Friday, October 5, 2012


Mitt Romney tried hard and shamelessly to (excuse the expression) resurrect the “death panel” straw man of the healthcare debate.  During Wednesday’s debate he listed things he objects to in the Affordable Care Act.  Third among them, he said, “it puts in place an unelected board that's going to tell people ultimately what kind of treatments they can have. I don't like that idea”.  “Unelected” board, as if that is anything unusual in governance, public or private.  Leaders are elected by the people or, for corporations, by shareholders and boards.  There are very few elected officials in this or any other country and they personally manage — almost nothing.  It is the unelected, those appointed by a leader or her/his appointees who have the run of things and, by necessity, hold sway over our lives.

Policeman can make life or death decisions.  They do so as unelected officials as do our fighting forces and the myriad of public servants who work for government.  Can any one say with a straight face that key insurance coverage decisions (public and private) aren’t made every day by unelected officials?  Who do you think turns down that elective (and sometimes not so elective) surgery or procedure?  Who determines pre-existing conditions?  Unelected officials of course.

So any illusion to death panels — and we all can read Romney’s "unelected" euphemism — is noting more than misinformation.  Any invoking of unelected officials, as if that were anything new or not totally necessary, is disingenuous to say the least.  To some degree, this playing with words, this misleading sloganeering has become endemic in our political campaigns, and to some degree always has been.  It reflects our worse side not merely because it is wrong but because it is so inaccurate, superficial, and simplistic.  We complain, and rightly so, that the American electorate is generally uninformed.  Some people characterize it as ignorant, but I think that’s hyperbolic.  Uninformed is quite bad enough.  Sadly, it is our elected officials or those seeking election who are prime culprits in assigning blame for this state of things.  Yes Mr. Romney, largely elected officials are ultimately at fault.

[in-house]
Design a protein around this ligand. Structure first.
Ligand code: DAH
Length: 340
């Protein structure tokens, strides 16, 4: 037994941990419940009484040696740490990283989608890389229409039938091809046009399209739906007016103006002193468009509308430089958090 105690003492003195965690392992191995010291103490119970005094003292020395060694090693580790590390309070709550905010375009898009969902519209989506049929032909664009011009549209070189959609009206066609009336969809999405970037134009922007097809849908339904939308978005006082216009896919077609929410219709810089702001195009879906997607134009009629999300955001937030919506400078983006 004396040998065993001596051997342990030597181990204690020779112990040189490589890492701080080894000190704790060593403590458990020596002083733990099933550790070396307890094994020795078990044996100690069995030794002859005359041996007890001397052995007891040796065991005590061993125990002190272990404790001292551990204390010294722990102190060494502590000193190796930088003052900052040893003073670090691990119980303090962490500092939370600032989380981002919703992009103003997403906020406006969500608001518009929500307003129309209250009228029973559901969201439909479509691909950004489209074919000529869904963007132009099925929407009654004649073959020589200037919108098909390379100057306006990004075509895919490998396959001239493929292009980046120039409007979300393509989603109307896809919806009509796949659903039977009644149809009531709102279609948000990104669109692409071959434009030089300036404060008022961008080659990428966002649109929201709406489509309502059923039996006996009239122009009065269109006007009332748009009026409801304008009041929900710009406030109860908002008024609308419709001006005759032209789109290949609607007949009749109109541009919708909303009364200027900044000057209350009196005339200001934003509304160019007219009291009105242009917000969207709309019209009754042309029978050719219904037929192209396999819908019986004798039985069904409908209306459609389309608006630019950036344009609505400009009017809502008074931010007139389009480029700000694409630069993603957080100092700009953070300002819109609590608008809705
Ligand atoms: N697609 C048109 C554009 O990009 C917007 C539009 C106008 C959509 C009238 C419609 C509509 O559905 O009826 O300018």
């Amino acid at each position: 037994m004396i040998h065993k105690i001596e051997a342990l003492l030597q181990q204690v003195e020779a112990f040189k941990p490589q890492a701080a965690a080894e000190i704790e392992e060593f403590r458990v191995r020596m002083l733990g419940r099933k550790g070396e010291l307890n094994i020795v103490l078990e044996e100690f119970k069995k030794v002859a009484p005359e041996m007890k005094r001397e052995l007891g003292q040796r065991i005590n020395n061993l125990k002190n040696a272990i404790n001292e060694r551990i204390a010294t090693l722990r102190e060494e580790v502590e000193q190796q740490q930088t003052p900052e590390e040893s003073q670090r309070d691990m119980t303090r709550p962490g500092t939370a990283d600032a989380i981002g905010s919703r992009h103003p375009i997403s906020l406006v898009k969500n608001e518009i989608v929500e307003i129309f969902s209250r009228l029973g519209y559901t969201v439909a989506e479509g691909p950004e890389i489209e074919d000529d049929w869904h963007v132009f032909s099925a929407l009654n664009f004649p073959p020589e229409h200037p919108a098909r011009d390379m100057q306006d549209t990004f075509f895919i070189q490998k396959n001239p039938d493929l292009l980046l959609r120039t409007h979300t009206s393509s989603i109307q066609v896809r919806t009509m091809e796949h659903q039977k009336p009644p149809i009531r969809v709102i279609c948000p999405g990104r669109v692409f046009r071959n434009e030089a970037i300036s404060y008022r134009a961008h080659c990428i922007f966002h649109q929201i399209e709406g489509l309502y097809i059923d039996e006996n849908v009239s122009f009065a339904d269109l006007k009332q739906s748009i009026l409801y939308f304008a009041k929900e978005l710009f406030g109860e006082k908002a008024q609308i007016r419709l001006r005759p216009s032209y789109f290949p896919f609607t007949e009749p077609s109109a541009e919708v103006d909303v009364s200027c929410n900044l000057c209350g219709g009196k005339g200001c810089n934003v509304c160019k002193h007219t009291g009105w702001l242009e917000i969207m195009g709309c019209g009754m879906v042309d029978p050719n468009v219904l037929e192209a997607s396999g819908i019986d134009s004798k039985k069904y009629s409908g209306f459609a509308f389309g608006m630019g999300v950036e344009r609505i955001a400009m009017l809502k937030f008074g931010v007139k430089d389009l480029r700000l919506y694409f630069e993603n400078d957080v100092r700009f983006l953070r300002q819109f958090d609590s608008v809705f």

Part of leading a large enterprise responsibly is to inform, and yes to educate, those who follow whether citizens or co-workers.  We like to call that transparency and it is exactly the opposite of what we hear on the campaign trail.  There opaqueness and spin carry the day and do so to all of our detriment.  Talking about the unelected, those who in fact do the heavy lifting in our society, as if they are somehow engaged in an abuse of power is, beyond all else, demeaning if not insulting.  In fact, if you want to know who the 99% are, look no further.  They and we are just doing our jobs and trying to do them well.  The gold spoon guys may have a hard time understanding that, but we shouldn’t — and we shouldn't let ourselves be so misled.

I call them Transcenders.  To brand them nonbelievers is to assume religion and its particular belief system the human default.  Worse it suggests that those who have left religion behind lack beliefs.  Nothing could be further from the truth.  For more read my book.

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